Terrorism has become an unfortunate fact of life in first world countries over the past decade or two. The Twin Towers in the US in 2001, the 2002 Bali nightclub bombings which affected many western tourists, Spain’s train bombings in 2004, the 2005 London transport bombings and now the several recent terrorist actions in France (and more besides) have all understandably generated outrage.
I have been pondering these matters for a while. Here’s a few of my thoughts, ending with 4 lessons I think first world christians can learn.
Evil deeds, innocent victims
In most of these cases, we instinctively feel that the victims had done little to merit the attacks and didn’t deserve to die. Their basic human rights were taken from them. We feel the actions were evil, and many label the perpetrators as evil.
The closer we are to the situation, the more we may feel for the victims. It could have been us. We can identify with a child who lost a parent, a mother whose child has been taken from her or a young man in the prime of life taken before his time.
Christians can readily agree that such killing is evil and cannot be condoned.
Out of sight, out of mind?
But of course, these well-reported incidents are not the only ones. Nigeria and adjacent countries have become a nightmare of abducted schoolgirls, fire-ravaged churches and wanton killing. The IS militants have behaved similarly in the Middle East. Sudan has seen human rights atrocities for decades. Parts of Pakistan seem as dangerous as a war zone, the civil war may have ended in Sri Lanka but atrocities and persecution allegedly continue, and fundamentalist Hindus have committed many terrorist actions in India. Again, to name just a few examples.
The sheer numbers of these atrocities probably exceed what the western world has experienced, but somehow these deaths are too far away and less seen on TV, so somehow they don’t seem to matter to us so much.
Who is the terrorist?
But as an Australian, I need to remember and acknowledge that “my side” (the US and its allies, mainly Britain and Australia) has been responsible for many deaths too.
- The 2003 invasion of Iraq was justified by claims of the terrorism threat of alleged “weapons of mass destruction” (which turned out to be illusory) and was largely catalysed by the World Trade Centre attacks. Almost 3000 people died in those attacks, but something like a hundred times this number, many of them civilians, died in the war (estimates vary from about 150,000 to 1 million).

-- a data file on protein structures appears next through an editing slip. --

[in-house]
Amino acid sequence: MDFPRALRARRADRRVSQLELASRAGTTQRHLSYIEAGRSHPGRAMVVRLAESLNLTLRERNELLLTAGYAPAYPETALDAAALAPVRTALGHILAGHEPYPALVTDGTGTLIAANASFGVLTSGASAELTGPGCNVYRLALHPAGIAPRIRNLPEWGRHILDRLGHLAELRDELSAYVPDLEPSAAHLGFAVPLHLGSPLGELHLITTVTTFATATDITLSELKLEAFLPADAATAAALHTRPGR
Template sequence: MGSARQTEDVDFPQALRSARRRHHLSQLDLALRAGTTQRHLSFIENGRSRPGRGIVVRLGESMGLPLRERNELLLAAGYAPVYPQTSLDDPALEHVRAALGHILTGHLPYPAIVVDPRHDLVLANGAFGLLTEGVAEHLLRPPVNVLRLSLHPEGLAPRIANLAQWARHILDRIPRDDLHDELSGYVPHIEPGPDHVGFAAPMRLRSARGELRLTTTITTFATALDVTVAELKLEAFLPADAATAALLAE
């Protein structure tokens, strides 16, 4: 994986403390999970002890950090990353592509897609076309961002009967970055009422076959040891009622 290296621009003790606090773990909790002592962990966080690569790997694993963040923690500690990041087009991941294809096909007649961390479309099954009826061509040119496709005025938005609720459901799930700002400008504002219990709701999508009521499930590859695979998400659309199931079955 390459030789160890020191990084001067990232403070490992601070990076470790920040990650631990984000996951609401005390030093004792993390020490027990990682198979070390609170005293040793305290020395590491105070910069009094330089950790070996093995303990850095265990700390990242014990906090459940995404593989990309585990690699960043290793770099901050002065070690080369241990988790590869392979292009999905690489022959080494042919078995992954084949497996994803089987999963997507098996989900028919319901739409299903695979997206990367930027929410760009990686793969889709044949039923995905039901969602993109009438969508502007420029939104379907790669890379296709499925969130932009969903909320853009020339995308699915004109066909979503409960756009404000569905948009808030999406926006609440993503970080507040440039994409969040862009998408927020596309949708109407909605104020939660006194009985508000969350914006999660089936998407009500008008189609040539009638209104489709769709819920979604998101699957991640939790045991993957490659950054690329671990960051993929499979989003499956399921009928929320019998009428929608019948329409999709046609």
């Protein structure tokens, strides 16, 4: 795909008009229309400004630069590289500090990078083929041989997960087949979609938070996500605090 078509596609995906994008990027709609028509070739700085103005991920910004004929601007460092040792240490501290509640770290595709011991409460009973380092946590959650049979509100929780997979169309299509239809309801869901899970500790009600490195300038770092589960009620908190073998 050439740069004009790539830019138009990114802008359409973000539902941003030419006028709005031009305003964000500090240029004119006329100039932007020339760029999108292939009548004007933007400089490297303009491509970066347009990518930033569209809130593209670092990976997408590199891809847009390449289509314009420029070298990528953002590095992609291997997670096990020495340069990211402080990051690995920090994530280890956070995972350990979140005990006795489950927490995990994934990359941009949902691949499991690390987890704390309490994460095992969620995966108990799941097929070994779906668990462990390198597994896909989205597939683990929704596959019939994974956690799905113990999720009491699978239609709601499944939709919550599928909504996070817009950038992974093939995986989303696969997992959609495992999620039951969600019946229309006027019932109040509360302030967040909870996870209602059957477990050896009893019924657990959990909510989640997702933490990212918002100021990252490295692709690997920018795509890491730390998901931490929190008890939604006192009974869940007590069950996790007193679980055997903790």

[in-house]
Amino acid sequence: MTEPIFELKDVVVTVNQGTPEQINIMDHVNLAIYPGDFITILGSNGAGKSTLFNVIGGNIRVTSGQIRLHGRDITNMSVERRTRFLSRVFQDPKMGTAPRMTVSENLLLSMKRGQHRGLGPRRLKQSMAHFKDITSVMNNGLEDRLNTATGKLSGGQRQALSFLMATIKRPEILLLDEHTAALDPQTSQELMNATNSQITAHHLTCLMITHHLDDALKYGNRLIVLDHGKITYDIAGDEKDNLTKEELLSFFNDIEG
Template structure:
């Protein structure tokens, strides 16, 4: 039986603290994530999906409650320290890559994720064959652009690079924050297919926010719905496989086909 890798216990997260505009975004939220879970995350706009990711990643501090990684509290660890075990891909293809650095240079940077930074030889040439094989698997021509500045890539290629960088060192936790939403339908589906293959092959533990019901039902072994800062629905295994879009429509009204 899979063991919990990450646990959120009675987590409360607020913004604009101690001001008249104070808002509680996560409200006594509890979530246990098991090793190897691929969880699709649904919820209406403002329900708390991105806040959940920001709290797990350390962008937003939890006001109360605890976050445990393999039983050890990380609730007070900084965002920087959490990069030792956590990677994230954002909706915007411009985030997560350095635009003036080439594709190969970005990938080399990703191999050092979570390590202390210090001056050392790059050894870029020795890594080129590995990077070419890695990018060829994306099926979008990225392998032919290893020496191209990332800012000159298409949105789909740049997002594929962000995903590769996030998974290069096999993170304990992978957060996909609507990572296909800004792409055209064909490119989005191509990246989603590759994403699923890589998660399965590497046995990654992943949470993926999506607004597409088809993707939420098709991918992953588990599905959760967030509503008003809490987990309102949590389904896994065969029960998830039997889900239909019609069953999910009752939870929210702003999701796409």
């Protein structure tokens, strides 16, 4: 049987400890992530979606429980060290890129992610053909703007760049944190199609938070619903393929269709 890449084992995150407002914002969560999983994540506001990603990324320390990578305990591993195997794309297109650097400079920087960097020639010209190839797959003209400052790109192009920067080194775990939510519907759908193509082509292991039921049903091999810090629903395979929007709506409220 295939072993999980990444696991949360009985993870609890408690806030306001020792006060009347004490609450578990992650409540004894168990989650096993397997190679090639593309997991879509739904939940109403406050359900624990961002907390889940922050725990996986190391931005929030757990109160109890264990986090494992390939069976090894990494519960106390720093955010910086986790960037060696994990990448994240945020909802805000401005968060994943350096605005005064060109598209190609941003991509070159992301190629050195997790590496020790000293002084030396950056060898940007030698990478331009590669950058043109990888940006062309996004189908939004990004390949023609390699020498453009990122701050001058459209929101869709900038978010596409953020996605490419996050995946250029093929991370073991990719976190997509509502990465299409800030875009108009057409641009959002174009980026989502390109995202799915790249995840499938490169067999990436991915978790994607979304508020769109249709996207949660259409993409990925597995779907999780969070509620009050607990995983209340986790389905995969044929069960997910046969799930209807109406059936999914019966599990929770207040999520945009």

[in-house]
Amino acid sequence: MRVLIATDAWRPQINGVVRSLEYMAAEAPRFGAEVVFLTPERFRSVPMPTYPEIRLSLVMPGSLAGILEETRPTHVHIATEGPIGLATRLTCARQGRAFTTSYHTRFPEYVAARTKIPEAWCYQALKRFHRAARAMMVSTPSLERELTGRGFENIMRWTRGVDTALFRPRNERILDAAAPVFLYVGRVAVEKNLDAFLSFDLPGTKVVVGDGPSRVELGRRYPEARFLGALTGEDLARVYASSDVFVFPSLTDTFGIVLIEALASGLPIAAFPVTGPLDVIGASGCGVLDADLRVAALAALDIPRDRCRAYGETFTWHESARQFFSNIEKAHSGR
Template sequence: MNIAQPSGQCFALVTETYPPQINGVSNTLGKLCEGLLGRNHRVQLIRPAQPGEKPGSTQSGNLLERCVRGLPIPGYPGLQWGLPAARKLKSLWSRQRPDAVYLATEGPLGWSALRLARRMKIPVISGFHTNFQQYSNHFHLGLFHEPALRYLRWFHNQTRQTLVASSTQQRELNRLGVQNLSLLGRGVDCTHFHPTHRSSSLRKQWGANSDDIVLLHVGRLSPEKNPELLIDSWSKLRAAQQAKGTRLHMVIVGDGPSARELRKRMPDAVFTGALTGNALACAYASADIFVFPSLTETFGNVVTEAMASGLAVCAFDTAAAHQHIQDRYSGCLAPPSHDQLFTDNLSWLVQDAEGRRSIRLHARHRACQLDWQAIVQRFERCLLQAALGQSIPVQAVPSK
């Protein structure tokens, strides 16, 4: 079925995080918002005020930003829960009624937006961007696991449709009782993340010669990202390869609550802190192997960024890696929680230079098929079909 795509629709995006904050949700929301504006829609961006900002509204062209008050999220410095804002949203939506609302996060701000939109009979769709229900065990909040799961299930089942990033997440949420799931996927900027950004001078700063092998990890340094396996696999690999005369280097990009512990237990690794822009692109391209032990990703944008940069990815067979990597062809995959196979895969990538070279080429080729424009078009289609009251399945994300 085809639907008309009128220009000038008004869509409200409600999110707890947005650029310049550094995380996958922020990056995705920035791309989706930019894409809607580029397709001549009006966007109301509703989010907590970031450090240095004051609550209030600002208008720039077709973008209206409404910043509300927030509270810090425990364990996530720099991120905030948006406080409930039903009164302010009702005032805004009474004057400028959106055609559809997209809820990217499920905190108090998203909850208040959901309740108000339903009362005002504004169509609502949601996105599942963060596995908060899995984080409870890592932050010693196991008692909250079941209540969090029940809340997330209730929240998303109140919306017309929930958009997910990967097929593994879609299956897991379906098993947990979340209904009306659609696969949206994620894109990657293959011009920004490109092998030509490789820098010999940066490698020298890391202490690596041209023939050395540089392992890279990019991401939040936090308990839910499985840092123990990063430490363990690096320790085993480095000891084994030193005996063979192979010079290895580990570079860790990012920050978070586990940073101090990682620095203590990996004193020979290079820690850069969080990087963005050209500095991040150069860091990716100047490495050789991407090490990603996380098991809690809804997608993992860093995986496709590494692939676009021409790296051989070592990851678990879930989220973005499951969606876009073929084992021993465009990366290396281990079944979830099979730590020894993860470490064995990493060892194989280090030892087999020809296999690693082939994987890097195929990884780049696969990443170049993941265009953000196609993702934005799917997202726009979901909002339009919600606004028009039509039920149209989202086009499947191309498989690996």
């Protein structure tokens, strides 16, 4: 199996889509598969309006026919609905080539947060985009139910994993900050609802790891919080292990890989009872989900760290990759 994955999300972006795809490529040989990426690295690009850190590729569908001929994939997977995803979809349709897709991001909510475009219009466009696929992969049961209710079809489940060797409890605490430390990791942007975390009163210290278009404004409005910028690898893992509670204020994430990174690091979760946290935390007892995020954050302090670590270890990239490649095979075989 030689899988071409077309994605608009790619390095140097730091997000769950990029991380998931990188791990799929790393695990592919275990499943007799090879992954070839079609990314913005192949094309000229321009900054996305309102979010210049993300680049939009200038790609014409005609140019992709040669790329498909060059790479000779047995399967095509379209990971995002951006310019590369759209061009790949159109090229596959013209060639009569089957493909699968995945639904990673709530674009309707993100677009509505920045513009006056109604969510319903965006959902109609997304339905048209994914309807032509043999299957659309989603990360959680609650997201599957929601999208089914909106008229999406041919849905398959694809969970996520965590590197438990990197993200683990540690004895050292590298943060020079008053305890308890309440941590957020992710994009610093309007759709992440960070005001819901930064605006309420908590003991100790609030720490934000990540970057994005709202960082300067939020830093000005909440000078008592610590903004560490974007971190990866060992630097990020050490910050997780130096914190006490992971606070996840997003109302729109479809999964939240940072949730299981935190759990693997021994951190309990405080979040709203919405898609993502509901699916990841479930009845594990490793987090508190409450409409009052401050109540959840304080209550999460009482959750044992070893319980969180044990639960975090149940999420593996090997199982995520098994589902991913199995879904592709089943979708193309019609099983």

- US drone strikes and covert actions have killed something like three thousand people in Pakistan, a thousand in Yemen and a hundred in Somalia. Most of these were probably terrorists, but many were civilians, including women and children.
Were these lives less valuable than any of those killed in the first world terrorist attacks?
A colonial legacy?
In the sixteenth to nineteenth centuries, Western European countries colonised and exploited much of Africa, Asia and the Americas. In most cases they controlled the indigenous populations, sometimes virtually enslaving them, and took out vast resources to enrich their own wealth (and thereby impoverish the indigenous people).
In some cases (US, Canada, Australia, New Zealand and some parts of South America) the European settlers became the dominant ethnic group and the indigenous people became marginalised and often reduced in population due to disease and fighting.
It happened in the Middle East too
Middle Eastern history over the past few centuries is very complex, but after World War 1 the old Ottoman Empire was broken up, new countries with illogical borders were set up, and the various European powers controlled them as “protectorates”. And, of course, they extracted resources where they could.
But after WW2, the same European powers could no longer afford to control their Middle Eastern protectorates, and so they left, leaving authoritarian regimes in place and much of the instability we see today.
Revenge works both ways, and it’s always ugly
The Iraq and Afghanistan invasions were ostensibly about reducing terror threats against the west, but it is hard not to think that revenge was a factor. But have we thought whether our “opponents” might feel the same way?